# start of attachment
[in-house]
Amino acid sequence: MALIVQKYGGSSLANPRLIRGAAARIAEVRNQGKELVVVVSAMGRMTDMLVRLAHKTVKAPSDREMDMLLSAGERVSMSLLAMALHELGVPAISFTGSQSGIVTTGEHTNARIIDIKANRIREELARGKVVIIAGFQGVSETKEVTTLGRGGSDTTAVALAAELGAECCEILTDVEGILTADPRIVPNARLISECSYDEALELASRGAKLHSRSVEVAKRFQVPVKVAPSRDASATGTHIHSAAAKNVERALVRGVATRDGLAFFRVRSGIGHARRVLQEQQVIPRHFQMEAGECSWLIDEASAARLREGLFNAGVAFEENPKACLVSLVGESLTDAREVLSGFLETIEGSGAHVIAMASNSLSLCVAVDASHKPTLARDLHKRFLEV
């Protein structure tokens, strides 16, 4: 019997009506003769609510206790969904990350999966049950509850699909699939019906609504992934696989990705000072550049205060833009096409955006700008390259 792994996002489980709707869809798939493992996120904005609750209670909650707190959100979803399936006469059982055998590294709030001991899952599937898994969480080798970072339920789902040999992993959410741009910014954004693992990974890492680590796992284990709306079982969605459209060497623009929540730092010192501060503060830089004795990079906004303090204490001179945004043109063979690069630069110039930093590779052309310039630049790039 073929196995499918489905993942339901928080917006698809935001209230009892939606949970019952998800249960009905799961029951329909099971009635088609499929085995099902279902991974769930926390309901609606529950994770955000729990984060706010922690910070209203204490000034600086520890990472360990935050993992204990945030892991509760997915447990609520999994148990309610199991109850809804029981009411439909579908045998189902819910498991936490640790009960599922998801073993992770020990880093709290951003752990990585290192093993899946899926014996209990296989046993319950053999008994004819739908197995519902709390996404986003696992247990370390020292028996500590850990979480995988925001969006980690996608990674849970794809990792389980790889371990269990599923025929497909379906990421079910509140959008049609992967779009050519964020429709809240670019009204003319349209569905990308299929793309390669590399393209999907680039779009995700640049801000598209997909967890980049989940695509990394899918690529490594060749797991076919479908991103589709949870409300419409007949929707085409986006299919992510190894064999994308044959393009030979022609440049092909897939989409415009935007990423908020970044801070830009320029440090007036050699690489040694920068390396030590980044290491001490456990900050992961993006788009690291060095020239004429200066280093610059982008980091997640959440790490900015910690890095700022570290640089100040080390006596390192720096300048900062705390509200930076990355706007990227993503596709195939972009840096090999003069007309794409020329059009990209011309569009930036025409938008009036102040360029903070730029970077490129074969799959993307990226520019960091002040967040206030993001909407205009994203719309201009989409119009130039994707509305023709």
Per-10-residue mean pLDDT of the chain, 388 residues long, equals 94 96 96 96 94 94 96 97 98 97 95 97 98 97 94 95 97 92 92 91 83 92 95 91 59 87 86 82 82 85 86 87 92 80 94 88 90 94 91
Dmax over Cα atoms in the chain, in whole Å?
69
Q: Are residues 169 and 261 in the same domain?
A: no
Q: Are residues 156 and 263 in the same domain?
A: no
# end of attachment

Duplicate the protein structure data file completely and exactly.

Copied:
[in-house]
Amino acid sequence: MALIVQKYGGSSLANPRLIRGAAARIAEVRNQGKELVVVVSAMGRMTDMLVRLAHKTVKAPSDREMDMLLSAGERVSMSLLAMALHELGVPAISFTGSQSGIVTTGEHTNARIIDIKANRIREELARGKVVIIAGFQGVSETKEVTTLGRGGSDTTAVALAAELGAECCEILTDVEGILTADPRIVPNARLISECSYDEALELASRGAKLHSRSVEVAKRFQVPVKVAPSRDASATGTHIHSAAAKNVERALVRGVATRDGLAFFRVRSGIGHARRVLQEQQVIPRHFQMEAGECSWLIDEASAARLREGLFNAGVAFEENPKACLVSLVGESLTDAREVLSGFLETIEGSGAHVIAMASNSLSLCVAVDASHKPTLARDLHKRFLEV
């Protein structure tokens, strides 16, 4: 019997009506003769609510206790969904990350999966049950509850699909699939019906609504992934696989990705000072550049205060833009096409955006700008390259 792994996002489980709707869809798939493992996120904005609750209670909650707190959100979803399936006469059982055998590294709030001991899952599937898994969480080798970072339920789902040999992993959410741009910014954004693992990974890492680590796992284990709306079982969605459209060497623009929540730092010192501060503060830089004795990079906004303090204490001179945004043109063979690069630069110039930093590779052309310039630049790039 073929196995499918489905993942339901928080917006698809935001209230009892939606949970019952998800249960009905799961029951329909099971009635088609499929085995099902279902991974769930926390309901609606529950994770955000729990984060706010922690910070209203204490000034600086520890990472360990935050993992204990945030892991509760997915447990609520999994148990309610199991109850809804029981009411439909579908045998189902819910498991936490640790009960599922998801073993992770020990880093709290951003752990990585290192093993899946899926014996209990296989046993319950053999008994004819739908197995519902709390996404986003696992247990370390020292028996500590850990979480995988925001969006980690996608990674849970794809990792389980790889371990269990599923025929497909379906990421079910509140959008049609992967779009050519964020429709809240670019009204003319349209569905990308299929793309390669590399393209999907680039779009995700640049801000598209997909967890980049989940695509990394899918690529490594060749797991076919479908991103589709949870409300419409007949929707085409986006299919992510190894064999994308044959393009030979022609440049092909897939989409415009935007990423908020970044801070830009320029440090007036050699690489040694920068390396030590980044290491001490456990900050992961993006788009690291060095020239004429200066280093610059982008980091997640959440790490900015910690890095700022570290640089100040080390006596390192720096300048900062705390509200930076990355706007990227993503596709195939972009840096090999003069007309794409020329059009990209011309569009930036025409938008009036102040360029903070730029970077490129074969799959993307990226520019960091002040967040206030993001909407205009994203719309201009989409119009130039994707509305023709």
Per-10-residue mean pLDDT of the chain, 388 residues long, equals 94 96 96 96 94 94 96 97 98 97 95 97 98 97 94 95 97 92 92 91 83 92 95 91 59 87 86 82 82 85 86 87 92 80 94 88 90 94 91
Dmax over Cα atoms in the chain, in whole Å?
69
Q: Are residues 169 and 261 in the same domain?
A: no
Q: Are residues 156 and 263 in the same domain?
A: no